You’re not really a button any more. I’m sure you’re not. Maybe you weren’t meant to be here, maybe you didn’t want to be here or maybe it was my body that didn’t actually want you here. For whatever reason though, I’m convinced that on the weekend I had a miscarriage. Which is the only way I have been able to think about it.
When you’re pregnant, I think the euphemism “with child” is a much nicer way to express the condition than “up the duff” or having a “bun in the oven”. It’s a bit antiquated, sure, but I think it shows a connection between mother and child and expresses the sentiment fairly accurately. Now that I have had a miscarriage, the euphemism would be that I have “lost the baby” but that somehow seems wrong. Not because of the word “lost” like I lose my bobby pins or my small change (I would still use the word “lost” if I were talking about my husband or even my dog), but because to me, “lost” in that sense implies more of a connection to somethingone than I had with what I guess I still thought of as a curiosity. I’m not saying I didn’t care. I did. My neighbour could tell you I burst into tears on her because I care but now its more like “well, it happened”. Its not like I lost a parent or even a lifelong dream. I lost a plan. I got a disappointment. I have to make a readjustment.
I never saw you, I never felt you and I never learned anything about you. I never had much proof you were even there. I wasn’t sick, swollen, itchy or many of the other things that can occur early on in gestation. I never made it to the first scan. I never saw my body change. I never felt like you noticed what I did or didn’t do. In a way, because I never felt like there was much evidence that you were there, I was always kind of unsure as to whether you’d stick around. I didn’t know whether you’d be like one of those guests at a party who show up quietly, partake of a drink and a canapé and then take off before saying hello to the host. I knew you were there but we never spoke to any of the same people and we never connected. I thought you might be an awesome addition to the party but as it turns out, you weren’t. So now I’m planning the next event.
Some of the people I have told about this tentatively ask if I’m ok and whether I think I’ll be ready to try again soon. They prepare themselves for a distressed “no, I couldn’t possibly just yet” and so seem surprised by my somewhat pragmatic nature. Sure I’m ready to try again but it’s a maths thing. See, the midwife told me not to try immediately. She advised me to wait for a normal menstrual cycle first. The problem is however, if that first full cycle comes 28 days after the miscarriage and then ovulation comes 14 days after that, the estimated due date would then be smack bang in the middle of the Christmas/New Year period and I have decided that is out. I don’t want to be worried about popping over Christmas and what kid wants their birthday in the middle of the holidays when friends are never around and family try to merge two separate gift giving opportunities into one? No thanks. I am therefore happy to try immediately and if that doesn’t work, we’ll have to take a break for a month before trying again. No problem.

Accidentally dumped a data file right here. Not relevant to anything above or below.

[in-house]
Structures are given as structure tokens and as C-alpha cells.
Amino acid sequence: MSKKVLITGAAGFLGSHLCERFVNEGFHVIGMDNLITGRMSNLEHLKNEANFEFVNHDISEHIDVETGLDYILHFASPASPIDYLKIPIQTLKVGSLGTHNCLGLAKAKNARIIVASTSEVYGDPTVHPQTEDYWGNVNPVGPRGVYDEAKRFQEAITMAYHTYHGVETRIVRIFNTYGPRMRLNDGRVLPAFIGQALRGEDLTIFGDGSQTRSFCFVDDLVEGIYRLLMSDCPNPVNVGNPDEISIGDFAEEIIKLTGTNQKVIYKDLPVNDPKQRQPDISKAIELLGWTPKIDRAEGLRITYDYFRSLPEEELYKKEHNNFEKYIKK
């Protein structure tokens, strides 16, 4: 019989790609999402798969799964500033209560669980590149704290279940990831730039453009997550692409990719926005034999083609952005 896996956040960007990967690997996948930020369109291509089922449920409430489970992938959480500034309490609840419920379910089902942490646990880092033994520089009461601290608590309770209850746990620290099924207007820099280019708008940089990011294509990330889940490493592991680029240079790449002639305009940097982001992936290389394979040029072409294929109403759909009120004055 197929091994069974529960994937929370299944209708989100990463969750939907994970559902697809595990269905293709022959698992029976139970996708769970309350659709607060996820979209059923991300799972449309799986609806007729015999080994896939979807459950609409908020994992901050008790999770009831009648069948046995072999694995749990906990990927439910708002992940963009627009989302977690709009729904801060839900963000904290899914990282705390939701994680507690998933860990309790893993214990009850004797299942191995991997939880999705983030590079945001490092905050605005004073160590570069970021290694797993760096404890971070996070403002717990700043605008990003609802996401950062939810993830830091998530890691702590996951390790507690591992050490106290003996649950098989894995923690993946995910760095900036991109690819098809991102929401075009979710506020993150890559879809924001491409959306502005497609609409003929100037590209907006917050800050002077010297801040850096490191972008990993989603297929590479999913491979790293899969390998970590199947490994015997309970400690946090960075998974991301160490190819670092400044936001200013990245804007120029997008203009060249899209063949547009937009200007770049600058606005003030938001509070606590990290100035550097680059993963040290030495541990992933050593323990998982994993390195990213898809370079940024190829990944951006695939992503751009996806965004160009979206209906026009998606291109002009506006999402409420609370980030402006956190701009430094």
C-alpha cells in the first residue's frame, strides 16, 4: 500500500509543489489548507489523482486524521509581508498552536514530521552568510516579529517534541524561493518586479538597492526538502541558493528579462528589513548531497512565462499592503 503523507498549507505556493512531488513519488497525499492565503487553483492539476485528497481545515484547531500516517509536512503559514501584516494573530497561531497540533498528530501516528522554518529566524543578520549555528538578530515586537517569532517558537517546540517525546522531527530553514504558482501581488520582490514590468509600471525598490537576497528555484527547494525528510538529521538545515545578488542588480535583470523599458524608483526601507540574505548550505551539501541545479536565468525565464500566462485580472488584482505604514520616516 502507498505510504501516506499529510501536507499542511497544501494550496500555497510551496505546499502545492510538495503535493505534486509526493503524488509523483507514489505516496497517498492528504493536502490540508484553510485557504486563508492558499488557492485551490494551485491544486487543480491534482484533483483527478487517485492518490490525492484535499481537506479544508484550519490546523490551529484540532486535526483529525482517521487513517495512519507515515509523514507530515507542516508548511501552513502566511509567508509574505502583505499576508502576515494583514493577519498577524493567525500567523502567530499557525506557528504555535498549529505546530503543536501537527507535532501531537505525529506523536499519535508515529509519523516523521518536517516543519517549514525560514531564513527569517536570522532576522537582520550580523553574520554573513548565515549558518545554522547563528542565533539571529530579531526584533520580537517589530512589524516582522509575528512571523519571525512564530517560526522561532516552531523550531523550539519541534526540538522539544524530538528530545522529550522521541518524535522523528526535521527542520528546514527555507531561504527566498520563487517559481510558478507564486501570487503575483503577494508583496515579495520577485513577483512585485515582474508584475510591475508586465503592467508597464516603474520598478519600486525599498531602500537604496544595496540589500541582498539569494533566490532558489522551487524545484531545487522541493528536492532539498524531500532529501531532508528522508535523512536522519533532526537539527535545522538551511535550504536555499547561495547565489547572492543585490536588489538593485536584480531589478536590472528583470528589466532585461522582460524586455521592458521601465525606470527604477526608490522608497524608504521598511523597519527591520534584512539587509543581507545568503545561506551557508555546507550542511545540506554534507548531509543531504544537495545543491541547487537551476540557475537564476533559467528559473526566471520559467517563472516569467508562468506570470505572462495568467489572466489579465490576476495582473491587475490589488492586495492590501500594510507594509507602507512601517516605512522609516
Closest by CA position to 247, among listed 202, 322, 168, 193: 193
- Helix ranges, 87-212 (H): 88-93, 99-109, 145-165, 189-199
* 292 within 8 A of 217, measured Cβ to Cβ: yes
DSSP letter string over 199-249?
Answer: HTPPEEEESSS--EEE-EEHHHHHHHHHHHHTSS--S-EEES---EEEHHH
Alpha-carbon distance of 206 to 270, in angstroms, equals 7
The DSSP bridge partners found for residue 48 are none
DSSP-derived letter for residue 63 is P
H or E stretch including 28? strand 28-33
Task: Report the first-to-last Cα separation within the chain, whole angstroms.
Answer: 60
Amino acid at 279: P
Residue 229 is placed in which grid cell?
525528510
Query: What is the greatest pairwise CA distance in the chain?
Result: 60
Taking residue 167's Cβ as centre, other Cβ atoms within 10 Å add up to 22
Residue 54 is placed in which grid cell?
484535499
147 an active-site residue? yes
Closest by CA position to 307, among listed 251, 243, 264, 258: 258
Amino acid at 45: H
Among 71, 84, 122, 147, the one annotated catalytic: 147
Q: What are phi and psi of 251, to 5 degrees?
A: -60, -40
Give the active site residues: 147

Now just so as you know, I’m not belittling the genuine pain (both physical and emotional) that some women go through as the result of a miscarriage. I’m not even promising that I would have the same reaction if this happens to me again…and again…and again. I’m just saying that right now, this time, I am really not falling apart. It didn’t hurt (well after the first day when I had some rather uncomfortable cramping moments). I know its not my fault. I know it doesn’t mean I won’t have a successful pregnancy next time. I know it doesn’t mean I’ll never have a successful pregnancy. I know its my body’s way of saying that one wasn’t healthy for you, I had to evict it on your behalf. I know that I got off luckier than some women because there have been no other complications or doctors involved but I also know that it sucks. Everything thing is fine but this situation? Its not “ok”. Its not like nothing really happened. For me or for Sparky.
On the plus side though, it was kind of nice to see my mother so excited by the idea that even though you weren’t any longer, the idea of you is far more real that it was before. She was upset for me of course but I think there was at least an equal amount of pleasure in the idea that she might really become a grandmother. Before all she had was a “we’re thinking about it”. Now she has an “it nearly did happen” and a “we’re trying to make it so”. So I guess for me, its better luck next time and for you, its now goodbye.